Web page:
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Glendronach Distillery
Picture: Glendronach
Click to see large map in separate window   Location: Forgue, Aberdeenshire AB54 6DB
Roads: On the B9001 off A97 Huntly-Banff
Hours: Tours at 10am and 2pm, Mon - Fri; by appointment only
Group bookings, max 100
Reception centre and shop
Phone: 01466 730202   Fax: 01466-730313

Text from The Whisky Trails, Copyright © Gordon Brown 1993:

The distillery is set among the gentle, green slopes of the Valley of Forgue in Aberdeenshire’s ‘castle country’. It is rural and peaceful although the colony of rooks in the great, mature trees around the distillery regularly create a breach of the peace. It was precisely such noisy commotion that made the rooks of 200 years ago useful allies of illicit distillers; they always gave warning of anyone, Excise officers included, who approached unannounced.

Picture: Glendronach Distillery, the Whisky

At Glendronach all of the auxiliary preparation for distilling continues to be done in the traditional ways – it has its own floor maltings and pagoda-headed malt-kiln. Fermentation vessels are still made of wood, the stills are coal-fired and the distillery even grows some of its own barley locally. The local lairds are the Dukes of Gordon and it was the 5th Duke who persuaded the London government that fair licensing was the best way to beat whisky smuggling.
Picture: Glendronach Distillery, the Whisky
The 1823 Excise Act was a direct result of his commonsense approach to the problem. The distillery was founded in 1826 by a consortium of farmers and businessmen. In 1881 it was acquired and enlarged by Walter Scott, who had worked at Teaninich for a while. In 1920, Charles Grant, son of the founder of Glenfiddich distillery, bought Glendronach and it remained in the Grant family until it was sold to Teacher in 1960.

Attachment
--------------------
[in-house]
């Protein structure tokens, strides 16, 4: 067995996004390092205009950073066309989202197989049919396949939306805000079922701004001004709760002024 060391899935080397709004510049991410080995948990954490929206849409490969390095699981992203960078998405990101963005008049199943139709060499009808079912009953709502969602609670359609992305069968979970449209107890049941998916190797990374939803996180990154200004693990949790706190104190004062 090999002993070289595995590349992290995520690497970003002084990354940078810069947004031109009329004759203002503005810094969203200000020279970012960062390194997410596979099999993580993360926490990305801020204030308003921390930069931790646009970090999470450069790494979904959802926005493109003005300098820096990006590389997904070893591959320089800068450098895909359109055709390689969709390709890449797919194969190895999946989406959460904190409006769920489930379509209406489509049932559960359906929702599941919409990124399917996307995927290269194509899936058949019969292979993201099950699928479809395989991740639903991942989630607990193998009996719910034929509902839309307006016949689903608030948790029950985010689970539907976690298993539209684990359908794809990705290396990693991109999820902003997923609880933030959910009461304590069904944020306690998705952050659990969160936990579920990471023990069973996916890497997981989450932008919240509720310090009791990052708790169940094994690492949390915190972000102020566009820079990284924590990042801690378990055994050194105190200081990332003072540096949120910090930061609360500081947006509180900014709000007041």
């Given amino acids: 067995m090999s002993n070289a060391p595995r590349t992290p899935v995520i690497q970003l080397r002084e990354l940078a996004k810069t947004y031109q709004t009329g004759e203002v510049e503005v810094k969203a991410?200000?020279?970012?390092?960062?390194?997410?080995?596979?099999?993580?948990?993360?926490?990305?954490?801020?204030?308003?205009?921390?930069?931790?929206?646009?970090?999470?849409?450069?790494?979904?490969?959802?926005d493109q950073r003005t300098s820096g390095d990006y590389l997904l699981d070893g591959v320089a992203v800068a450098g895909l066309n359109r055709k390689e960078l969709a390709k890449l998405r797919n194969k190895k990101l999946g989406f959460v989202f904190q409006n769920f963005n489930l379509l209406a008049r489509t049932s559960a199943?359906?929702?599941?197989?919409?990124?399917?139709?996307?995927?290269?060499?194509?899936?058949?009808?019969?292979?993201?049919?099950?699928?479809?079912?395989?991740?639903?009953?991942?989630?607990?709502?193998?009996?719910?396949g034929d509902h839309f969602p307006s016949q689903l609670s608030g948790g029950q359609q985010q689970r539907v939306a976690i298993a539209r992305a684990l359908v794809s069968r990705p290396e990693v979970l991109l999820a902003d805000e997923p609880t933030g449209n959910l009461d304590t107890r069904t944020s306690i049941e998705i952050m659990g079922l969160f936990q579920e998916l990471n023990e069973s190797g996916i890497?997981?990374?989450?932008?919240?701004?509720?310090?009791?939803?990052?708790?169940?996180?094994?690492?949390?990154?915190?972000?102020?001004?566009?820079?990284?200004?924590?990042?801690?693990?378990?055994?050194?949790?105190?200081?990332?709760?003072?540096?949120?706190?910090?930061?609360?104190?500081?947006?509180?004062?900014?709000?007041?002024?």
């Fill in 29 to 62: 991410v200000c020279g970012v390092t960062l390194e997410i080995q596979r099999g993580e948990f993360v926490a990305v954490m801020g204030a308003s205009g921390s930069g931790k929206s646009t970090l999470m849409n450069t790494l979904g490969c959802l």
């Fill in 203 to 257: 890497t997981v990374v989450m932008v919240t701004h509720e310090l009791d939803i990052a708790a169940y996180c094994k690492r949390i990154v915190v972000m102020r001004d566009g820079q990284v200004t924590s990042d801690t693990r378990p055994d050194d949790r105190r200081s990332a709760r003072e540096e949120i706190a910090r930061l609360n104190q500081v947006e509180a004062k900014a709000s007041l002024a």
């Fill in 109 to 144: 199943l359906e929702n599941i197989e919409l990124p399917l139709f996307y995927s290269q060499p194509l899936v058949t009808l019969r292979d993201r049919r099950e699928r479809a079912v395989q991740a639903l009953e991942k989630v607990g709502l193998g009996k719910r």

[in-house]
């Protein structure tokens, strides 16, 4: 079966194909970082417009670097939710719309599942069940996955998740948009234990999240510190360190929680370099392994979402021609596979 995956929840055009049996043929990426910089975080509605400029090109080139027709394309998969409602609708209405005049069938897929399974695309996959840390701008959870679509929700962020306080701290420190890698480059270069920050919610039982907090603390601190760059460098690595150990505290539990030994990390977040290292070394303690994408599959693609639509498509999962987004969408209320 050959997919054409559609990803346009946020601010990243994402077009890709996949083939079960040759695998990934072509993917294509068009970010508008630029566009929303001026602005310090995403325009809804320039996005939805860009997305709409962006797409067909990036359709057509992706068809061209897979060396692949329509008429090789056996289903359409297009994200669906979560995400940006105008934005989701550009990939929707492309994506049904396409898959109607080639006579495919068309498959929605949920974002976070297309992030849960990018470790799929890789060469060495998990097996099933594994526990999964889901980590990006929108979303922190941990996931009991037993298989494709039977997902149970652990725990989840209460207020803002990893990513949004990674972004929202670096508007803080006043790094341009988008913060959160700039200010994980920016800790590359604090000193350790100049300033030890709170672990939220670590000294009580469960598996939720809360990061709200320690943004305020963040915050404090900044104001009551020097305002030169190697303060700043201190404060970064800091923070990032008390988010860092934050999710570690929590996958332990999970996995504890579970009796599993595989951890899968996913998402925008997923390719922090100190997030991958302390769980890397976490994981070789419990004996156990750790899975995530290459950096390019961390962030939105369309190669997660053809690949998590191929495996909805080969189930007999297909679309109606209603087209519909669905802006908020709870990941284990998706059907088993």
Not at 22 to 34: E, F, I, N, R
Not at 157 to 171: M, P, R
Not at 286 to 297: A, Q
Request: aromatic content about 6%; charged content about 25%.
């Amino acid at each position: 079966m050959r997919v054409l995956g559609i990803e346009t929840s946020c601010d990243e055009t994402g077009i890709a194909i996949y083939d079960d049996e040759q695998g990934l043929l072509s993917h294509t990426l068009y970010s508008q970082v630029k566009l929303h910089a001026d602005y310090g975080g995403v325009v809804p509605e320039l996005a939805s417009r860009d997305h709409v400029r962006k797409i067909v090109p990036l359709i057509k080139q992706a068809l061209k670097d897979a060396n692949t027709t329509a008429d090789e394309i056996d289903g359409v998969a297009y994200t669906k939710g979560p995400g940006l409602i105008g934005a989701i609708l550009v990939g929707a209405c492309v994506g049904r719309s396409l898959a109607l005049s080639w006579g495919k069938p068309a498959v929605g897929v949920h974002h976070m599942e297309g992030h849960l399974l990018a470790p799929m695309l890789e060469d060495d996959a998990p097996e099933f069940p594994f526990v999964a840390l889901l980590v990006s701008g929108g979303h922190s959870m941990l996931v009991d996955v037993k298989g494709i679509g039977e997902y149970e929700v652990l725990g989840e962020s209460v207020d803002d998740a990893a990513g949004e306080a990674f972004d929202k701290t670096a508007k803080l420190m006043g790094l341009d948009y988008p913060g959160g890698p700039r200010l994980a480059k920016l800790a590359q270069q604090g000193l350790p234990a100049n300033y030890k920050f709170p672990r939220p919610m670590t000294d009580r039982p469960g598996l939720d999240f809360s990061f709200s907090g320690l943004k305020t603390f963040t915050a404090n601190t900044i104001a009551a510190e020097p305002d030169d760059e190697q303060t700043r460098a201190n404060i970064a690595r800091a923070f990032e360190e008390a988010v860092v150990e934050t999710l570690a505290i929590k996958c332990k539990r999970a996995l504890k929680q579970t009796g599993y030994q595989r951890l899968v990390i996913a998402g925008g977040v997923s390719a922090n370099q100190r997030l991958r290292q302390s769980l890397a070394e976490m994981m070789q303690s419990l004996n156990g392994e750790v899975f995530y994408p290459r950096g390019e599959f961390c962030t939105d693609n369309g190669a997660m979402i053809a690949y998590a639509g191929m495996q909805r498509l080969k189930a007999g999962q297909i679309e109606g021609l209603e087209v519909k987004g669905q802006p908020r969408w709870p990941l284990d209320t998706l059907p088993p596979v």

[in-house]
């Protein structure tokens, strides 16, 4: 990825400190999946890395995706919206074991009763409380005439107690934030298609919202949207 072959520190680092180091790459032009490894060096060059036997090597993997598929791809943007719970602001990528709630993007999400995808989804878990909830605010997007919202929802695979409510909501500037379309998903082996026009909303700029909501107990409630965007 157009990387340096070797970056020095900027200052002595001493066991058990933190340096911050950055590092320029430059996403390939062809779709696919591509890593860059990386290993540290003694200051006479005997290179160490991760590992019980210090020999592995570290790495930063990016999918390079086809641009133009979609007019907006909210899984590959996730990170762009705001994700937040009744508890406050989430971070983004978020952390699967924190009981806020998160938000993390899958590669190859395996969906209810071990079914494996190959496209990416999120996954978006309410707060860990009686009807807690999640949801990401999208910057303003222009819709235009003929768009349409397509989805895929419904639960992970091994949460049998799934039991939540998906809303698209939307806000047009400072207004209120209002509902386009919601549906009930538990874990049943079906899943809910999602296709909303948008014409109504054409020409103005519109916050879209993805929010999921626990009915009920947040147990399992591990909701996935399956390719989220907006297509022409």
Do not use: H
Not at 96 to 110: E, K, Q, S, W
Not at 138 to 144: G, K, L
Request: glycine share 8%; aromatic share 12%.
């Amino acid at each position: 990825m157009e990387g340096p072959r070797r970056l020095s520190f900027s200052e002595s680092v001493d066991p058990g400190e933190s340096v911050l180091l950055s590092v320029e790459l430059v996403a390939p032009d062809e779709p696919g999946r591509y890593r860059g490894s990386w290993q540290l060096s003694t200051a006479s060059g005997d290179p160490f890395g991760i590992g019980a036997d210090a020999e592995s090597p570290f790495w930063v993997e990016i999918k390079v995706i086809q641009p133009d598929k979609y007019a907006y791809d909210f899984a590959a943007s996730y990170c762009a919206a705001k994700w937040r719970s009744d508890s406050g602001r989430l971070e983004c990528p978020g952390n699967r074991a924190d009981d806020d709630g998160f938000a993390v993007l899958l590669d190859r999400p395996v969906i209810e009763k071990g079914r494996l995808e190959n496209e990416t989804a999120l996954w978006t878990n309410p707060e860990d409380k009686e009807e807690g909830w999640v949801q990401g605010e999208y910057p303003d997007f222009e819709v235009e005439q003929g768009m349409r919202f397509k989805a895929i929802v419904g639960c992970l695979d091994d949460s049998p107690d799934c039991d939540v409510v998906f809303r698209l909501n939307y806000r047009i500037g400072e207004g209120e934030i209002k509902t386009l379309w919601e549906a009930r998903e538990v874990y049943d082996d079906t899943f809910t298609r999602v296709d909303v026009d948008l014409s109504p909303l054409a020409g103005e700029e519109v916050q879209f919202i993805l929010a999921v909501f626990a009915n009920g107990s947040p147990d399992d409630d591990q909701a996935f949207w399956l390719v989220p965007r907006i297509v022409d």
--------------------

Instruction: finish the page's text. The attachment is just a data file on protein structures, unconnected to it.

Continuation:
The Dronac burn, whose name has been taken for the whisky and the distillery, flows through the grounds. With so many of the traditional practices still being followed and the buildings themselves so little changed, the ‘feel’ both inside and out is most satisfying. The earth floors in the warehouses hold moisture, absorbing some of the excess from the air in wet weather and releasing it during extended hot spells in summertime. The floor maltings are still in use and provide a proportion (about 15 per cent) of the malt needed for production. Glendronach is lightly peated. There are two pairs of stills, which are heated by naked flames from coal fires.

The water for production comes from local springs and barley is grown on the company’s own farms located in the district around the distillery.

The Whisky
Text from The Whisky Trails, Copyright © Gordon Brown 1993:

Picture: Glendronach Distillery, the Whisky
Glendronach used to be available in two official editions – the Original, from plain and sherry casks, and a 100 per cent sherry-aged version. There is now a single official edition – the Traditional, at 12 years old and 40/43% vol. – which seeks to combine the merits of both styles by changing the proportions previously used for the original. The new ‘recipe’ is still a sherried style but casks that have been filled once, or even twice, before with whisky are used to let other aromas and flavours come through the sherry.

Certainly, both the creamy oakiness and the toasty toffee of respectively plain and sherry casks now show distinctly, and the elegant malt and smoke that were common to both before shine through in excellent balance. Texture is big and smooth. Occasional official special editions are released, such as the recent 18-year-old (1972 vintage) and some 22-year-old is available from a private bottler.

The make is used in Teacher’s Highland Cream, a blend with an exceptionally high malt content, and others in the Allied Distillers range.

Source of water
Springs near Dronach Burn
Of interest
Text from The Whisky Trails, Copyright © Gordon Brown 1993:

Picture: Huntly Castle near Glendronach
The towering ruins of Huntly Castle, also known as the Palace of Strathbogie, retain some remarkable architectural details.
Huntly Castle site has been fortified since the 1100s when a Norman peel was built on land gifted by William the Lion. Robert the Bruce occupied it in the years before Bannockburn. The present ruin dates from the 14th century and the entrance to the round tower has been described as ‘the most splendid heraldic doorway in the British Isles’.

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